GeneralResearch & Publications

Rationale and Design for a GRADE Substudy of Continuous Glucose Monitoring

By December 1, 2019September 24th, 2020No Comments


Diabetes Technology & Therapeutics

Mary E Larkin 1 ,
David M Nathan 1 ,
Ionut Bebu 2 ,
Heidi Krause-Steinrauf 2 ,
William H Herman 3 ,
John M Higgins 4 5 ,
Margaret Tiktin 6 ,
Robert M Cohen 7 ,
Claire Lund 2 ,
Richard M Bergenstal 8 ,
Mary L Johnson 8 ,
Valerie Arends 9 ,
GRADE Research Group

Background: The Glycemia Reduction Approaches in Diabetes: A Comparative Effectiveness (GRADE) study has enrolled a racially and ethnically diverse
population with type 2 diabetes, performed extensive phenotyping, and
randomly assigned the participants to one of four second-line diabetes
medications. The continuous glucose monitoring (CGM) substudy has been
added to determine whether there are racial/ethnic differences in the
relationship between average glucose (AG) and hemoglobin A1c (HbA1c). CGM
will also be used to compare time in target range, glucose variability, and
the frequency and duration of hypoglycemia across study groups. Methods: The observational CGM substudy will enroll up to 1800 of the 5047 GRADE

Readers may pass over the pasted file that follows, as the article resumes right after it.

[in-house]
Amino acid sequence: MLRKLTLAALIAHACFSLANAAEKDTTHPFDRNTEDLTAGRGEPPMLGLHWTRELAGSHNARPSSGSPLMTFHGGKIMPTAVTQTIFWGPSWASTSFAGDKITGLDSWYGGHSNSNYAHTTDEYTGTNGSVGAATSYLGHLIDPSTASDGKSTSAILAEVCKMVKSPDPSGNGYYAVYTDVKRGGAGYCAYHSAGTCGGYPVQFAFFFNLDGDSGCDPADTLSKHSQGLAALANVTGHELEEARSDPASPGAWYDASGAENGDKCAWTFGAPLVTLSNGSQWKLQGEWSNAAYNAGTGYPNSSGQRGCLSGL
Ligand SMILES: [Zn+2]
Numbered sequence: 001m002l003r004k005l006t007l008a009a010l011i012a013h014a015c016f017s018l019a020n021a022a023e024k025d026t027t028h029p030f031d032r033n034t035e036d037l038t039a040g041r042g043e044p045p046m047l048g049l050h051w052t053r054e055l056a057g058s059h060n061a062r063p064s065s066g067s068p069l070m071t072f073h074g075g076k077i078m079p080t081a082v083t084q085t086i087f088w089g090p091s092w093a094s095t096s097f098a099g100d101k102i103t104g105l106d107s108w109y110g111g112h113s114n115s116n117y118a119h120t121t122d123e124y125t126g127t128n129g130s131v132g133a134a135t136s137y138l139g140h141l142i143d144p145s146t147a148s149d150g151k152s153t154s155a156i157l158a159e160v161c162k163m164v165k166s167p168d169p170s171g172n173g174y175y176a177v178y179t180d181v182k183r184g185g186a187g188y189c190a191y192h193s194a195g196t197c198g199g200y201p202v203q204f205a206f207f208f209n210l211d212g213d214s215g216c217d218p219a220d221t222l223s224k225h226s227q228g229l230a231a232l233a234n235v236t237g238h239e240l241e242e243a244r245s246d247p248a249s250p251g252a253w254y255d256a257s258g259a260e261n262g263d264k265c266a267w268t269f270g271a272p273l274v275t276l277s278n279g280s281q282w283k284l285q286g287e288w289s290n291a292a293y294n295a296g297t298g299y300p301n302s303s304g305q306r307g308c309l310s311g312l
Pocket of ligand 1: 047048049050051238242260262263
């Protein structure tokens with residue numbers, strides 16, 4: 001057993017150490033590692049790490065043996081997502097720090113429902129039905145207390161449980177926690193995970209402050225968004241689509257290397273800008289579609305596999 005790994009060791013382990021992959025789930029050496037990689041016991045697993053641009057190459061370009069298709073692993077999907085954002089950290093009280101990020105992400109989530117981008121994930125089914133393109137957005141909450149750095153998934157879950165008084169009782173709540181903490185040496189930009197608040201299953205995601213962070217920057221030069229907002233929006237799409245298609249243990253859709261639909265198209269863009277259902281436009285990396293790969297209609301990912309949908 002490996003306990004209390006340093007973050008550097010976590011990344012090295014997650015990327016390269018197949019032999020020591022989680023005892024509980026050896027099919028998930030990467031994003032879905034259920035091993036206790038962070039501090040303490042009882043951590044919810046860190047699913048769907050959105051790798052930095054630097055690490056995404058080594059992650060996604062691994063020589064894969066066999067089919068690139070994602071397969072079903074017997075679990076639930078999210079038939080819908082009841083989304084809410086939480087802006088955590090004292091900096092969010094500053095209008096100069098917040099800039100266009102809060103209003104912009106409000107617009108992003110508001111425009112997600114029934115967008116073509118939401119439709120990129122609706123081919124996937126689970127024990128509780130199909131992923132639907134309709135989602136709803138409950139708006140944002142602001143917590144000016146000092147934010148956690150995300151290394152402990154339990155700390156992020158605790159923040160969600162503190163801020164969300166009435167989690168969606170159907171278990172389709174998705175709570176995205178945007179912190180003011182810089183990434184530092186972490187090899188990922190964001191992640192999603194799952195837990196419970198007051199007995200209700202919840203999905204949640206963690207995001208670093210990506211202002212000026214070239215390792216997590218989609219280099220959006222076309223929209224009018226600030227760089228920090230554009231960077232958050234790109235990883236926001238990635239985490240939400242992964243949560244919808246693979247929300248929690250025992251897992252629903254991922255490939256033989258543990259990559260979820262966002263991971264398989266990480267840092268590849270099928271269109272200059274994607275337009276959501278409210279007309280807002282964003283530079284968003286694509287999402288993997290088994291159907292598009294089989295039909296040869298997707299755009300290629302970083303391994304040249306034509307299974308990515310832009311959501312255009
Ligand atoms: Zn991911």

study participants from the four treatment groups, including as many as 450
participants from each of 4 racial/ethnic minority groups to be compared:
Hispanic White, non-Hispanic White, non-Hispanic African American, and
non-Hispanic Other. CGM will be performed for 2 weeks in proximity to a
GRADE annual visit, during which an oral glucose tolerance test will be
performed and HbA1c and glycated albumin measured. Indicators of
interindividual variation in red blood cell turnover, based on specialized
erythrocyte measurements, will also be measured to explore the potential
causes of interindividual HbA1c variations. Conclusions: The GRADE CGM substudy will provide new insights into whether differences
exist in the relationship between HbA1c and AG among different
racial/ethnic groups and whether glycemic profiles differ among frequently
used diabetes medications and their potential clinical implications.
Understanding such differences is important for clinical care and
adjustment of diabetes medications in patients of different races or


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